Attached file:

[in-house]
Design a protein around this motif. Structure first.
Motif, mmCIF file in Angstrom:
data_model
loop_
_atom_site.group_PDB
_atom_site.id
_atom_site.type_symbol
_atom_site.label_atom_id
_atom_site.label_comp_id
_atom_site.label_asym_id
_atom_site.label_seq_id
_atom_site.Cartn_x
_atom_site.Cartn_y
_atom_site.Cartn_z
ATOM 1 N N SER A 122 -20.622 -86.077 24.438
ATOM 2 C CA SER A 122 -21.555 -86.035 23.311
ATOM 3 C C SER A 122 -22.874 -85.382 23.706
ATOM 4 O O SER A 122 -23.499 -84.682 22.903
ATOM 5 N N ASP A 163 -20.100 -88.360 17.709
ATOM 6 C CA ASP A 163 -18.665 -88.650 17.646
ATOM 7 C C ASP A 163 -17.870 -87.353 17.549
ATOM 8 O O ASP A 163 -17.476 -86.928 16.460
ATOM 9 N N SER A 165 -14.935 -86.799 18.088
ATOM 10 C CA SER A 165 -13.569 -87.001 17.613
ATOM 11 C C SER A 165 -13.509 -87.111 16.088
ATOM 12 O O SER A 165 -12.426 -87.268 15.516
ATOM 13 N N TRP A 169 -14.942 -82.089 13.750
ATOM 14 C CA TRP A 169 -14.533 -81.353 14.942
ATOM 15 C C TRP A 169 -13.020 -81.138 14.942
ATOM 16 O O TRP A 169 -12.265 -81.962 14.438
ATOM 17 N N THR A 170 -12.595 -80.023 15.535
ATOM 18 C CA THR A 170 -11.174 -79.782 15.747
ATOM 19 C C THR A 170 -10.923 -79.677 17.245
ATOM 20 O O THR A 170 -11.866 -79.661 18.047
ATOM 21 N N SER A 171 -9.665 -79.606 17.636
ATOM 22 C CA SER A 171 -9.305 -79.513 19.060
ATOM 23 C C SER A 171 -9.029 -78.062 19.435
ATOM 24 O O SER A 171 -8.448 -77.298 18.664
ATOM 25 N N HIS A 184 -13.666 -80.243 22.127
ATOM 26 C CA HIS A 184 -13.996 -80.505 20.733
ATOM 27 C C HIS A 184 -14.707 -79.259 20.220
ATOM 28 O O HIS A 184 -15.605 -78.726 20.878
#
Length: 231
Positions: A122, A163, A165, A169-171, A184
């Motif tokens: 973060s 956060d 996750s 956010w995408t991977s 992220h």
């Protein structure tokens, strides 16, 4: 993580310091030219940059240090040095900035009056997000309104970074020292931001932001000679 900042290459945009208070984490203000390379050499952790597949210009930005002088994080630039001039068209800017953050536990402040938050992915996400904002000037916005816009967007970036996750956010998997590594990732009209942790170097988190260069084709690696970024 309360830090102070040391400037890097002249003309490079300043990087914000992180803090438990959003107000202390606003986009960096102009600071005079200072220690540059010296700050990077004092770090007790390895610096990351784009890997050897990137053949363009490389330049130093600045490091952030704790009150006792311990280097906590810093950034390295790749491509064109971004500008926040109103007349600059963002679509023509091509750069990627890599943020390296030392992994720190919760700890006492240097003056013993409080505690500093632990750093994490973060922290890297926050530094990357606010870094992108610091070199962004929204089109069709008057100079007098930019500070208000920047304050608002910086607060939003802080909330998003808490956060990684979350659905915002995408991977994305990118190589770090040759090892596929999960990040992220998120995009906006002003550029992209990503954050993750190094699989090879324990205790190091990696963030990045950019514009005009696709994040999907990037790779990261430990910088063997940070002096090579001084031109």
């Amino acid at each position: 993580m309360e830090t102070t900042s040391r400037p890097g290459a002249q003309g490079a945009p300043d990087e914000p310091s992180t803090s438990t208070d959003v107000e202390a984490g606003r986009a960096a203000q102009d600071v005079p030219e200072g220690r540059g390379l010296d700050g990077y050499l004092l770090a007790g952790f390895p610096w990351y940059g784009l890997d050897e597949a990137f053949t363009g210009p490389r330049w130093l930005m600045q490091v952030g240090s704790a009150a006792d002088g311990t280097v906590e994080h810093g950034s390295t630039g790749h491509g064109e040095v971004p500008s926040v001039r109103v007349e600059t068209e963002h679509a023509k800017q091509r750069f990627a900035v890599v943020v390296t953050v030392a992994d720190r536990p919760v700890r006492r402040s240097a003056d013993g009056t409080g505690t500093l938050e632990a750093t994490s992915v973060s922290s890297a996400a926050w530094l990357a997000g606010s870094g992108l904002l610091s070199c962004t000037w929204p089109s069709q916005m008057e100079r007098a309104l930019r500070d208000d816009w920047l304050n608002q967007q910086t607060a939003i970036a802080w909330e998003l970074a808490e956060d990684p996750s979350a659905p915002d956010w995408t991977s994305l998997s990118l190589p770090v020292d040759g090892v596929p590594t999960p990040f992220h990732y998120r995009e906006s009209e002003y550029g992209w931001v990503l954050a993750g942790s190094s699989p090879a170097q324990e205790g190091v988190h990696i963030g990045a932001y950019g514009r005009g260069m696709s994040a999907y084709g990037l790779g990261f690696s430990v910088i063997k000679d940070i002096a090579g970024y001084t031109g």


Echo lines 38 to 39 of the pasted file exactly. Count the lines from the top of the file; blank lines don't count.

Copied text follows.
ATOM 23 C C SER A 171 -9.029 -78.062 19.435
ATOM 24 O O SER A 171 -8.448 -77.298 18.664